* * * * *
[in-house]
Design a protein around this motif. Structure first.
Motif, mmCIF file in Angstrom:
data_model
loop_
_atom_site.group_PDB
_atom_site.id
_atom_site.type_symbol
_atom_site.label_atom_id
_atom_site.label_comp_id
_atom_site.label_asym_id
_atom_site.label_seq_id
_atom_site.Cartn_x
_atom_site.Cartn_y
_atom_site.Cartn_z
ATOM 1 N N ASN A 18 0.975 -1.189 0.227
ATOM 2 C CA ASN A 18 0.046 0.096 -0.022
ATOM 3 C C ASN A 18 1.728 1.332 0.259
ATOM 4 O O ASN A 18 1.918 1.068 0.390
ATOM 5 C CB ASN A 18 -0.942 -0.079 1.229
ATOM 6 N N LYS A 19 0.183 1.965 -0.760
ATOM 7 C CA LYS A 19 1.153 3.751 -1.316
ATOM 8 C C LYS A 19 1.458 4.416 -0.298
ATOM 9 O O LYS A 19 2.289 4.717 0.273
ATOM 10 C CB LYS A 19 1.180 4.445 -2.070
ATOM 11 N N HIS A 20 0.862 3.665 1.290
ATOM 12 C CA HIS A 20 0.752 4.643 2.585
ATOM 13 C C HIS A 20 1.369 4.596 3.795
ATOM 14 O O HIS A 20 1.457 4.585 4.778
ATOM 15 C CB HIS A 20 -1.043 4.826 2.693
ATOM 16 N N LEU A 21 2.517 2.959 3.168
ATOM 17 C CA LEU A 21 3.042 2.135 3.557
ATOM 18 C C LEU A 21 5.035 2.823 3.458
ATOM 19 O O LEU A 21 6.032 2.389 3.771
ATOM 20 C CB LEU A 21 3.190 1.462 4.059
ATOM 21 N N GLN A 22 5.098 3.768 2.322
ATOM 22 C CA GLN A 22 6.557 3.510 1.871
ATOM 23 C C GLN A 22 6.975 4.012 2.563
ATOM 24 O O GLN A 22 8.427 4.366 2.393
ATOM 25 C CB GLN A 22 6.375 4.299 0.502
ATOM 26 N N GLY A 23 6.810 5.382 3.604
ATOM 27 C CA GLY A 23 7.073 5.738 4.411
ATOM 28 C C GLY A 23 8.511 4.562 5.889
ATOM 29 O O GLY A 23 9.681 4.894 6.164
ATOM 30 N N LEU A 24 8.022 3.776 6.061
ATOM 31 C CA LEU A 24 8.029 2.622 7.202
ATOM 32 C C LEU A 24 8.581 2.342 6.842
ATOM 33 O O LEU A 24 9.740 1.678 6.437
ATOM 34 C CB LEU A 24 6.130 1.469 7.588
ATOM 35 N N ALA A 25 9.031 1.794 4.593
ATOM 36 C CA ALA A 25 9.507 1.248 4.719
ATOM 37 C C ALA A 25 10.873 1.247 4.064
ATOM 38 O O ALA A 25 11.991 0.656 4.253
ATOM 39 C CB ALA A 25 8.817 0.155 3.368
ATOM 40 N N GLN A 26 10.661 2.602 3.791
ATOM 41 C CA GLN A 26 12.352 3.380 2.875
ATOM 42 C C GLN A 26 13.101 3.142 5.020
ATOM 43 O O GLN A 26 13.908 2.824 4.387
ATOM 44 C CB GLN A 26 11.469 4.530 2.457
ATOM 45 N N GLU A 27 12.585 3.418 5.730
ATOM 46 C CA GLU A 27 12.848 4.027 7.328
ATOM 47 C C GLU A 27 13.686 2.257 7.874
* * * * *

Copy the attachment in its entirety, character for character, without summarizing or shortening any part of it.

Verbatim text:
[in-house]
Design a protein around this motif. Structure first.
Motif, mmCIF file in Angstrom:
data_model
loop_
_atom_site.group_PDB
_atom_site.id
_atom_site.type_symbol
_atom_site.label_atom_id
_atom_site.label_comp_id
_atom_site.label_asym_id
_atom_site.label_seq_id
_atom_site.Cartn_x
_atom_site.Cartn_y
_atom_site.Cartn_z
ATOM 1 N N ASN A 18 0.975 -1.189 0.227
ATOM 2 C CA ASN A 18 0.046 0.096 -0.022
ATOM 3 C C ASN A 18 1.728 1.332 0.259
ATOM 4 O O ASN A 18 1.918 1.068 0.390
ATOM 5 C CB ASN A 18 -0.942 -0.079 1.229
ATOM 6 N N LYS A 19 0.183 1.965 -0.760
ATOM 7 C CA LYS A 19 1.153 3.751 -1.316
ATOM 8 C C LYS A 19 1.458 4.416 -0.298
ATOM 9 O O LYS A 19 2.289 4.717 0.273
ATOM 10 C CB LYS A 19 1.180 4.445 -2.070
ATOM 11 N N HIS A 20 0.862 3.665 1.290
ATOM 12 C CA HIS A 20 0.752 4.643 2.585
ATOM 13 C C HIS A 20 1.369 4.596 3.795
ATOM 14 O O HIS A 20 1.457 4.585 4.778
ATOM 15 C CB HIS A 20 -1.043 4.826 2.693
ATOM 16 N N LEU A 21 2.517 2.959 3.168
ATOM 17 C CA LEU A 21 3.042 2.135 3.557
ATOM 18 C C LEU A 21 5.035 2.823 3.458
ATOM 19 O O LEU A 21 6.032 2.389 3.771
ATOM 20 C CB LEU A 21 3.190 1.462 4.059
ATOM 21 N N GLN A 22 5.098 3.768 2.322
ATOM 22 C CA GLN A 22 6.557 3.510 1.871
ATOM 23 C C GLN A 22 6.975 4.012 2.563
ATOM 24 O O GLN A 22 8.427 4.366 2.393
ATOM 25 C CB GLN A 22 6.375 4.299 0.502
ATOM 26 N N GLY A 23 6.810 5.382 3.604
ATOM 27 C CA GLY A 23 7.073 5.738 4.411
ATOM 28 C C GLY A 23 8.511 4.562 5.889
ATOM 29 O O GLY A 23 9.681 4.894 6.164
ATOM 30 N N LEU A 24 8.022 3.776 6.061
ATOM 31 C CA LEU A 24 8.029 2.622 7.202
ATOM 32 C C LEU A 24 8.581 2.342 6.842
ATOM 33 O O LEU A 24 9.740 1.678 6.437
ATOM 34 C CB LEU A 24 6.130 1.469 7.588
ATOM 35 N N ALA A 25 9.031 1.794 4.593
ATOM 36 C CA ALA A 25 9.507 1.248 4.719
ATOM 37 C C ALA A 25 10.873 1.247 4.064
ATOM 38 O O ALA A 25 11.991 0.656 4.253
ATOM 39 C CB ALA A 25 8.817 0.155 3.368
ATOM 40 N N GLN A 26 10.661 2.602 3.791
ATOM 41 C CA GLN A 26 12.352 3.380 2.875
ATOM 42 C C GLN A 26 13.101 3.142 5.020
ATOM 43 O O GLN A 26 13.908 2.824 4.387
ATOM 44 C CB GLN A 26 11.469 4.530 2.457
ATOM 45 N N GLU A 27 12.585 3.418 5.730
ATOM 46 C CA GLU A 27 12.848 4.027 7.328
ATOM 47 C C GLU A 27 13.686 2.257 7.874